BOSTON — With 4:28 to go in the final period of Saturday’s game against No. 10 Boston University and the Michigan hockey team up, 3-1, junior forward Max Shuart found himself on a breakaway. After receiving a diving poke-check pass from freshman forward Kyle Connor, Shuart deked once before putting the puck past the Terrier goaltender.
Shuart’s goal allowed the Wolverines to finally breathe a sigh of relief, putting an exclamation point on an overall successful weekend.
“It was nice to get it going in the third and get the lead up a little bit,” said junior forward JT Compher.
The goal shouldn’t have been the first time the Wolverines breathed a sigh of relief, though. In fact, Shuart’s goal should have been the cherry on top of an undefeated weekend in Boston.
Michigan should have passed its first real test of the season with flying colors, twice beating a highly ranked Boston University side that hadn’t lost in three weeks.
That’s not what happened, though. Instead, the Wolverines’ second game was the only one in which they came away with a win.
Less than 24 hours prior to their 4-2 win Saturday, the Wolverines held a two-goal lead at the end of third period, similar to one they held in their game the next night.
But the difference was that the minute the Terriers got on the scoreboard with 9:16 left in the game, the once-quiet Agganis Arena woke up, and pandemonium ensued.
Boston University scored again to tie the game just 12 seconds later and finished off the Wolverines with three minutes left in the game with a goal from defenseman Doyle Somerby.
“We saw we were up 2-0 heading into the third, and we really wanted to lock down the (defensive zone), which took away from our aggressiveness,” said junior forward Tyler Motte after Friday’s loss. “Intensity from our end went down a little too low. Obviously, you have to defend the lead, but we also have to play our game, and that’s not something we did.”
If Michigan had kept its pedal on the gas for 10 more minutes, it could have walked out of Boston with two massive wins.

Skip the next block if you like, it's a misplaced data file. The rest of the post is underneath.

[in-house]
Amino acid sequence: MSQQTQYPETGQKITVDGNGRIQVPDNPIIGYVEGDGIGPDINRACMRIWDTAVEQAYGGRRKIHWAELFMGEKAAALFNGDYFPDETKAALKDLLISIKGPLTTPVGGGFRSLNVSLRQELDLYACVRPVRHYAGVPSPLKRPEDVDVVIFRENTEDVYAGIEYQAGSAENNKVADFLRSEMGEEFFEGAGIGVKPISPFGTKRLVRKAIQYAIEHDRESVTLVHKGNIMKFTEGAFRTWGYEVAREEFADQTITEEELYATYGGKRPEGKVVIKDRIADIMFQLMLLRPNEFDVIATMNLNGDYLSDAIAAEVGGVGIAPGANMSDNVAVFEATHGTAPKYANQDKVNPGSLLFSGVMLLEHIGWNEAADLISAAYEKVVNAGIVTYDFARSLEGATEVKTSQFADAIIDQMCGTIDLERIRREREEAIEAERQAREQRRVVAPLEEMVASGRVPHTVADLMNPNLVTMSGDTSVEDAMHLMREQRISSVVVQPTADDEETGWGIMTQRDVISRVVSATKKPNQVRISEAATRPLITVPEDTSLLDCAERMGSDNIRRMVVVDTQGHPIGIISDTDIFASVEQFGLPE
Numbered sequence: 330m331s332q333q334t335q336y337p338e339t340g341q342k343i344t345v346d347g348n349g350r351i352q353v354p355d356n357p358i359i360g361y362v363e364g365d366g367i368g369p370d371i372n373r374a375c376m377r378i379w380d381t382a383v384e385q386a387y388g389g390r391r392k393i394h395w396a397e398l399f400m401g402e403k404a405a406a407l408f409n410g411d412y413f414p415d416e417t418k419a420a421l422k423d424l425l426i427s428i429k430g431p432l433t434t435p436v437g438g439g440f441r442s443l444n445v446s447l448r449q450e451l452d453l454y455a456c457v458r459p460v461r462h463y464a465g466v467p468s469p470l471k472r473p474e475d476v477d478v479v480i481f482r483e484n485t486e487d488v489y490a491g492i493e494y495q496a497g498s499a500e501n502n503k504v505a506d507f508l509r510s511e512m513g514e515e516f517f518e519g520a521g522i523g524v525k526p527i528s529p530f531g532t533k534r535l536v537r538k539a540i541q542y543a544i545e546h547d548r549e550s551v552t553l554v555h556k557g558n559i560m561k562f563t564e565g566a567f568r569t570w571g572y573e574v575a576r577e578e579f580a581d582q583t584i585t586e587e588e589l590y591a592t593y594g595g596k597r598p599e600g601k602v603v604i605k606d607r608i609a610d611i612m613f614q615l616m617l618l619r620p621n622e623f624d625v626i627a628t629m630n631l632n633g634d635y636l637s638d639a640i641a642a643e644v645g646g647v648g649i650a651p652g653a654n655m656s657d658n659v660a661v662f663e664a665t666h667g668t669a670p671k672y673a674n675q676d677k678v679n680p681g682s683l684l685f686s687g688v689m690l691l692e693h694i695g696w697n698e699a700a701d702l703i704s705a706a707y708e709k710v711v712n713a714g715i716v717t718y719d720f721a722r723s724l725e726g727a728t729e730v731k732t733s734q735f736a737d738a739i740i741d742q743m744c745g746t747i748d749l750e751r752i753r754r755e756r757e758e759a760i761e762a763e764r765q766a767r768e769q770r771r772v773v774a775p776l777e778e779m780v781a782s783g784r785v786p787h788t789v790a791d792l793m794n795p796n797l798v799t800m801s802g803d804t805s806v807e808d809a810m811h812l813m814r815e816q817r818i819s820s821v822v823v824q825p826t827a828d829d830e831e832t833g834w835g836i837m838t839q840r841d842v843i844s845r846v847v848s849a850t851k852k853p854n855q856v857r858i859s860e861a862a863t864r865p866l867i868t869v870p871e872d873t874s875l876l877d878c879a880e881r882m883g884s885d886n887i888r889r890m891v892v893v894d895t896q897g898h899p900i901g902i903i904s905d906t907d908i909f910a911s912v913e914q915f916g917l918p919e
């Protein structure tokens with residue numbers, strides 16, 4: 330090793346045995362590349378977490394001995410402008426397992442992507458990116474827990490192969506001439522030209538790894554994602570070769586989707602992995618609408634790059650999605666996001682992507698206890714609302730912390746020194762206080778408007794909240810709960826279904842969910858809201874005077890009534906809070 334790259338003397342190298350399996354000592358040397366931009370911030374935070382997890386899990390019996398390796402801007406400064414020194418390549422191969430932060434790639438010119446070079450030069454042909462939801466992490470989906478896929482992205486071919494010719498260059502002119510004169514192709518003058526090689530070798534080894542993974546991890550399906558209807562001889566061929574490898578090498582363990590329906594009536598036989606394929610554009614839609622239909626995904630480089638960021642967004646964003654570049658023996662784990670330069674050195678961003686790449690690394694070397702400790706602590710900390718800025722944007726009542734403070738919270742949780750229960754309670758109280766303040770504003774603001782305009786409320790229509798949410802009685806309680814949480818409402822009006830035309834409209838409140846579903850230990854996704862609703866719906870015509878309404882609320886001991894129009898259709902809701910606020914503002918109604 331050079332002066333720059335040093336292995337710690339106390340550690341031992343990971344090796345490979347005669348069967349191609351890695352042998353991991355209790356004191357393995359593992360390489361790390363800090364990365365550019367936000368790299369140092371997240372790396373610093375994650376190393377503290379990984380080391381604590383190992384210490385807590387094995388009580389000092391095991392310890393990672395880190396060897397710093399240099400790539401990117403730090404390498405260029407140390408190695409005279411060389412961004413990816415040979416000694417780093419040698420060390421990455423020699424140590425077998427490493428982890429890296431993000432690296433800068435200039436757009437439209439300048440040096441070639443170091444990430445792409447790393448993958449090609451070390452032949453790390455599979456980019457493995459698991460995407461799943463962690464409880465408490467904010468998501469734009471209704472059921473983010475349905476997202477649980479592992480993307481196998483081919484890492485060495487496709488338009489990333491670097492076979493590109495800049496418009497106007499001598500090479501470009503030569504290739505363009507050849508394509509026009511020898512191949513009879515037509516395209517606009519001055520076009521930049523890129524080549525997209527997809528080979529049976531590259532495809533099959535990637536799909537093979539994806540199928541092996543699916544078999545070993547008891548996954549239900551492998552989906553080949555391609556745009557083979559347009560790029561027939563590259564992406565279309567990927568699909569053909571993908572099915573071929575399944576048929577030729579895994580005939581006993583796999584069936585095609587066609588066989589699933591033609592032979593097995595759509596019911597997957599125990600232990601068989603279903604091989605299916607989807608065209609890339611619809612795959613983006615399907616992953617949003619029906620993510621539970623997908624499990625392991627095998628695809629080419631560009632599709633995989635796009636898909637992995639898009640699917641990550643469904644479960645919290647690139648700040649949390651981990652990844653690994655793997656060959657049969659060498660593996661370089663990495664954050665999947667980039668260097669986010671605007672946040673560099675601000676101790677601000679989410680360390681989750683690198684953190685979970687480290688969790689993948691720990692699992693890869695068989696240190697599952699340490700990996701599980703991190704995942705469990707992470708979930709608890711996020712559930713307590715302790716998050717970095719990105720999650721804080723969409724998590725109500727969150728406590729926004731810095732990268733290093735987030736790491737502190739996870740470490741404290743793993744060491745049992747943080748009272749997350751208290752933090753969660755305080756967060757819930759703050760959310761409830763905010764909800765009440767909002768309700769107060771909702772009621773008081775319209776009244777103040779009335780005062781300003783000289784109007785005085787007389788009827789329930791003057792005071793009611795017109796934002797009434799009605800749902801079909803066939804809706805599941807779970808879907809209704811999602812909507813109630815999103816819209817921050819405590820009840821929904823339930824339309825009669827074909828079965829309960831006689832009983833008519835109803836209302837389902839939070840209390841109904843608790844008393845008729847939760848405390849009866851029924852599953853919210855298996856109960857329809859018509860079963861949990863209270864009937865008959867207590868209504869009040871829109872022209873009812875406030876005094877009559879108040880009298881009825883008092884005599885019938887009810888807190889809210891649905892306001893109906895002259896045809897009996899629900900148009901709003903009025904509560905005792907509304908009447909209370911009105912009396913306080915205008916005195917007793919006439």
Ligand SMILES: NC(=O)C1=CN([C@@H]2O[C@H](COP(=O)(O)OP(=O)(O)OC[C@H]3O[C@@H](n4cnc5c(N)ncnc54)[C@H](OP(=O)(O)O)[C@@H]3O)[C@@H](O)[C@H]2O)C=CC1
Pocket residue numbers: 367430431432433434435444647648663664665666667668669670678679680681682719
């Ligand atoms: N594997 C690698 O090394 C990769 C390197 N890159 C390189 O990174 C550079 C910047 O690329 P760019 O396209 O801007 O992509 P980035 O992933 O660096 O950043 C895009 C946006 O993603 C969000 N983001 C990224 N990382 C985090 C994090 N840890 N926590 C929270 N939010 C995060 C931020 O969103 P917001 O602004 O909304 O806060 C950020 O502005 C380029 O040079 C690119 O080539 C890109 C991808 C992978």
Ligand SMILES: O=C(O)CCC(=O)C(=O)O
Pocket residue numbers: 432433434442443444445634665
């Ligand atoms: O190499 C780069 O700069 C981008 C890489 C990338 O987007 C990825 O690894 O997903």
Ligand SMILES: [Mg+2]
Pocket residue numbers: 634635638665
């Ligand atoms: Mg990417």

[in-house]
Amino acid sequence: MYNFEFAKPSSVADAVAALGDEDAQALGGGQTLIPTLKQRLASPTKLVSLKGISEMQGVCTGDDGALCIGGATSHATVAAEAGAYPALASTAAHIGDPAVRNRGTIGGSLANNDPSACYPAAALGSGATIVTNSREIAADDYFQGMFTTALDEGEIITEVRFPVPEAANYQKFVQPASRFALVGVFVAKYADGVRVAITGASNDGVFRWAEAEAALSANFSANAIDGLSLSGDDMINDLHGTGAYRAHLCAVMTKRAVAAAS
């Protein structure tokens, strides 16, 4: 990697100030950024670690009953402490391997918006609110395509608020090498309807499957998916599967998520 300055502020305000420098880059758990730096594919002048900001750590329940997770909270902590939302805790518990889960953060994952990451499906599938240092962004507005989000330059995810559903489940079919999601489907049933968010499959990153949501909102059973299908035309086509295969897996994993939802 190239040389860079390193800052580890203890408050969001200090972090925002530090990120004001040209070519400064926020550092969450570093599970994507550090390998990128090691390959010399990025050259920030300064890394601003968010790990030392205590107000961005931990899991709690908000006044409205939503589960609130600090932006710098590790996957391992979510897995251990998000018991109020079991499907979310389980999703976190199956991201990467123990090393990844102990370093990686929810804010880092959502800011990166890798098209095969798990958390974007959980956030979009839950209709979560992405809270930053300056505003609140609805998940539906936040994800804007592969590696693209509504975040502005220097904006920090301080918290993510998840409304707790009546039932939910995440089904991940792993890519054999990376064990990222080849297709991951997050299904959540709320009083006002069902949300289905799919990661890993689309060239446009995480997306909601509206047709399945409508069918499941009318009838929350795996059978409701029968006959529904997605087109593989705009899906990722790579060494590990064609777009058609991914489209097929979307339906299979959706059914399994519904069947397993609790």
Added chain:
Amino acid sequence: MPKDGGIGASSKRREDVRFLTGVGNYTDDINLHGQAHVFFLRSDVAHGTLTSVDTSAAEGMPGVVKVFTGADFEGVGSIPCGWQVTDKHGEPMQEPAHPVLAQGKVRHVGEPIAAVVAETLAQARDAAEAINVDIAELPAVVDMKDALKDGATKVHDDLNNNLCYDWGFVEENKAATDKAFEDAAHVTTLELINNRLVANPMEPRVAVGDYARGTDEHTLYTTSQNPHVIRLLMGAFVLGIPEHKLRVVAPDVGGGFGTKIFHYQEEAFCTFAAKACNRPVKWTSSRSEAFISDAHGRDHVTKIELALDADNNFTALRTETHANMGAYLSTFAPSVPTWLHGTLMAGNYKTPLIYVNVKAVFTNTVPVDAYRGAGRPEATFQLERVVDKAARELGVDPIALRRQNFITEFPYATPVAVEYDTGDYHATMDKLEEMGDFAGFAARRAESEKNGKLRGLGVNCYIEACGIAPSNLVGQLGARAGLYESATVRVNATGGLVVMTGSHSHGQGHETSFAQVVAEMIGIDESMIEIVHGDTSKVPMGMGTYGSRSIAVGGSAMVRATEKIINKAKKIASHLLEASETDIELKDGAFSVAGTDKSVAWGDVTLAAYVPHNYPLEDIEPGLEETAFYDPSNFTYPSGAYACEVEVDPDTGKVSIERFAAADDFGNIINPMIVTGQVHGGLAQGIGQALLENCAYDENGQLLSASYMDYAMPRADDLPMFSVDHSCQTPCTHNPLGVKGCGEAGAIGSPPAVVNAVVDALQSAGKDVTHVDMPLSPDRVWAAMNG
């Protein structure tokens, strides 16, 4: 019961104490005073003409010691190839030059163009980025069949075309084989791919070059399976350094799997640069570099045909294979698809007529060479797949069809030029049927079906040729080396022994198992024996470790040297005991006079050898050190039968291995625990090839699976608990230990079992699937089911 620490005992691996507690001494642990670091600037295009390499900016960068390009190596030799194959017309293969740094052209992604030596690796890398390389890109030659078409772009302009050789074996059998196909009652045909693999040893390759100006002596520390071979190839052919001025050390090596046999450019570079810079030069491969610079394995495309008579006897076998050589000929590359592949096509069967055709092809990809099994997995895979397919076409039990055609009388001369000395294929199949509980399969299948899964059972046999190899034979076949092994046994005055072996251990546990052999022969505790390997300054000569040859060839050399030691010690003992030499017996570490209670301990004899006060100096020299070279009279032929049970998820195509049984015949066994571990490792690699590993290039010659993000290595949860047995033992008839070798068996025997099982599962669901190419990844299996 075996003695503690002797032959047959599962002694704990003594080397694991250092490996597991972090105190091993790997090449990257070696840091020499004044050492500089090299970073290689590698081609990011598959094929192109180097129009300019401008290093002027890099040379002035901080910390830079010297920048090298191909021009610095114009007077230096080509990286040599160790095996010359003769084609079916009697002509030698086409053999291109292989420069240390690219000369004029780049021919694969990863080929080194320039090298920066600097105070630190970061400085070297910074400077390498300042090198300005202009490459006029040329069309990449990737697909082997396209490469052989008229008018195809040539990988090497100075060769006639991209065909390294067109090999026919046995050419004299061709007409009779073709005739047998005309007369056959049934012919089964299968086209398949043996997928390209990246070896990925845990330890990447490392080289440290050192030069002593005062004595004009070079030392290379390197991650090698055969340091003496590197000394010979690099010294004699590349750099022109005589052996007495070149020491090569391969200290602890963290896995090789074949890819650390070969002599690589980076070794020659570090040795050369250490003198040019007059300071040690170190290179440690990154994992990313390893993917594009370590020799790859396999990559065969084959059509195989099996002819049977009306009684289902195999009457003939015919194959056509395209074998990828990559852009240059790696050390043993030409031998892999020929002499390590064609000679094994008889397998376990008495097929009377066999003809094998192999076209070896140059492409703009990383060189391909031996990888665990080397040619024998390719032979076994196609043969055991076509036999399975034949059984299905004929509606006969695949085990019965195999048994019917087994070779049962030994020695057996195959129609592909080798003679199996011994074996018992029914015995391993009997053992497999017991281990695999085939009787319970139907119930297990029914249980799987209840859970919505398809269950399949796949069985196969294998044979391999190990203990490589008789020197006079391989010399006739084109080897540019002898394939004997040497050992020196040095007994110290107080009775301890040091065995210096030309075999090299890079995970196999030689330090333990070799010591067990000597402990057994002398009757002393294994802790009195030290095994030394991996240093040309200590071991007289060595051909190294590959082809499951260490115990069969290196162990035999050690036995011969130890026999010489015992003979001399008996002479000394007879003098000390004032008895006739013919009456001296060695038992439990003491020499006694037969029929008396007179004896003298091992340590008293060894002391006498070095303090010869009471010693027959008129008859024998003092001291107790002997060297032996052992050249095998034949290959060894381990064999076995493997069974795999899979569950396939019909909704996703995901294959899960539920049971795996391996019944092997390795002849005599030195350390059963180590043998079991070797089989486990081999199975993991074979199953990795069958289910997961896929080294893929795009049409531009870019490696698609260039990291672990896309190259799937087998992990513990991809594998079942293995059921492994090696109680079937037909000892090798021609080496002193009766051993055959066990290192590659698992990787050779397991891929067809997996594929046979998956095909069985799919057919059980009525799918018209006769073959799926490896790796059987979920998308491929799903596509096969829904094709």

It’s like doing really well on an exam, but missing out on the big point questions and still getting a B+ even though you only missed one or two problems.
“We just played a very good hockey team,” said Boston University coach David Quinn after Saturday’s game. “They’re big, strong and fast. Their forwards keep you on your heels, and they were the better team over the weekend, without question.”
And most would agree with Quinn. The Wolverines were the better team for five-plus periods.
But the Pairwise Rankings don’t take into account losses that were almost wins. That’s not how it works.
No matter how many questions you get right on the test, if you only get 88 percent of the points on an exam, you usually get a B+. No ifs, ands or buts.
The computer will just see that the Michigan went on the road to Boston University and came away with both a win and a loss.
While the end result wasn’t ideal, by no means was it terrible either.
In fact, the series was quite a good showing by the Wolverines and one they should be proud of. Boston was the 10th-ranked team in the country and sports some of the best players around, including 2014-2015 First Team All-American defenseman Matt Grzelcyk, as well as forward Jordan Greenway and defenseman Charlie McAvoy, two highly touted freshmen who played on the United States Under-18 National Team a year ago.
“(Boston University’s) a good team,” said Michigan coach Red Berenson. “They’re going to win a lot of games, and they showed it on Friday. We didn’t let them play well tonight.”
After playing no ranked teams prior to the weekend series, the Terriers presented the Wolverines with Berenson’s first gauge of how his team matches up against college hockey’s elite. Also considering the fact that the Wolverines had never won in Agganis Arena, just getting one win was impressive.
“Anytime you win Boston, it’s a good win,” Berenson said.
But the reality is that the Wolverines played their best hockey of the season and had two wins well within their grasp, and 10 minutes of hockey separated them from just passing their first test to blowing it out of the water.
A B+ performance isn’t bad, but an A+ performance was definitely there for the taking.
Minh Doan can be reached via e-mail at email@example.com or on Twitter @_minhdoan.